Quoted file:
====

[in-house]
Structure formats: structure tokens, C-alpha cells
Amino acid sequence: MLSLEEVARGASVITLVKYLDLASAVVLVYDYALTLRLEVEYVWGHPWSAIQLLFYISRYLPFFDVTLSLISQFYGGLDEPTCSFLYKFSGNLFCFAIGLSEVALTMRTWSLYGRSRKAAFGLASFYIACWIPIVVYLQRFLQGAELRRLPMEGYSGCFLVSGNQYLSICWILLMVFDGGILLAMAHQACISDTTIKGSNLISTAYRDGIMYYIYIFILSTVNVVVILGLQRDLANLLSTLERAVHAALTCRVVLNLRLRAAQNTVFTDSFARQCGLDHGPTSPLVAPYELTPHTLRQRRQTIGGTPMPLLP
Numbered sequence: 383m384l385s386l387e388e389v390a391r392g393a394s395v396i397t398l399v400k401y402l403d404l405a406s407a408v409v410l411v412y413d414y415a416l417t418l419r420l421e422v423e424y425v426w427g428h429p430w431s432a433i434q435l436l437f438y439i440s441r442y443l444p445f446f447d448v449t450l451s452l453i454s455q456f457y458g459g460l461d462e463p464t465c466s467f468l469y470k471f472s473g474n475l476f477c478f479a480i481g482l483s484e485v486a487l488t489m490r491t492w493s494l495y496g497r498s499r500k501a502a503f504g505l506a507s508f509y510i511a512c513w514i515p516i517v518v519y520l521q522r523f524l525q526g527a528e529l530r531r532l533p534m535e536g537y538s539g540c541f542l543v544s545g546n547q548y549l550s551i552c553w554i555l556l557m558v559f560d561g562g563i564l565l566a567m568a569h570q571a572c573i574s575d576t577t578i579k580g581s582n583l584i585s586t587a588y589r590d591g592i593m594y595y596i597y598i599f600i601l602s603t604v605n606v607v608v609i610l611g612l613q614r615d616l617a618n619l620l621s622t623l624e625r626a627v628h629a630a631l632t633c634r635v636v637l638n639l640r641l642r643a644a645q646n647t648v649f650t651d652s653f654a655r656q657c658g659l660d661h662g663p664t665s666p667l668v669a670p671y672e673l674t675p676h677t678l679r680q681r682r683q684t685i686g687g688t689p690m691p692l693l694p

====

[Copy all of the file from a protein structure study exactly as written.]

[in-house]
Structure formats: structure tokens, C-alpha cells
Amino acid sequence: MLSLEEVARGASVITLVKYLDLASAVVLVYDYALTLRLEVEYVWGHPWSAIQLLFYISRYLPFFDVTLSLISQFYGGLDEPTCSFLYKFSGNLFCFAIGLSEVALTMRTWSLYGRSRKAAFGLASFYIACWIPIVVYLQRFLQGAELRRLPMEGYSGCFLVSGNQYLSICWILLMVFDGGILLAMAHQACISDTTIKGSNLISTAYRDGIMYYIYIFILSTVNVVVILGLQRDLANLLSTLERAVHAALTCRVVLNLRLRAAQNTVFTDSFARQCGLDHGPTSPLVAPYELTPHTLRQRRQTIGGTPMPLLP
Numbered sequence: 383m384l385s386l387e388e389v390a391r392g393a394s395v396i397t398l399v400k401y402l403d404l405a406s407a408v409v410l411v412y413d414y415a416l417t418l419r420l421e422v423e424y425v426w427g428h429p430w431s432a433i434q435l436l437f438y439i440s441r442y443l444p445f446f447d448v449t450l451s452l453i454s455q456f457y458g459g460l461d462e463p464t465c466s467f468l469y470k471f472s473g474n475l476f477c478f479a480i481g482l483s484e485v486a487l488t489m490r491t492w493s494l495y496g497r498s499r500k501a502a503f504g505l506a507s508f509y510i511a512c513w514i515p516i517v518v519y520l521q522r523f524l525q526g527a528e529l530r531r532l533p534m535e536g537y538s539g540c541f542l543v544s545g546n547q548y549l550s551i552c553w554i555l556l557m558v559f560d561g562g563i564l565l566a567m568a569h570q571a572c573i574s575d576t577t578i579k580g581s582n583l584i585s586t587a588y589r590d591g592i593m594y595y596i597y598i599f600i601l602s603t604v605n606v607v608v609i610l611g612l613q614r615d616l617a618n619l620l621s622t623l624e625r626a627v628h629a630a631l632t633c634r635v636v637l638n639l640r641l642r643a644a645q646n647t648v649f650t651d652s653f654a655r656q657c658g659l660d661h662g663p664t665s666p667l668v669a670p671y672e673l674t675p676h677t678l679r680q681r682r683q684t685i686g687g688t689p690m691p692l693l694p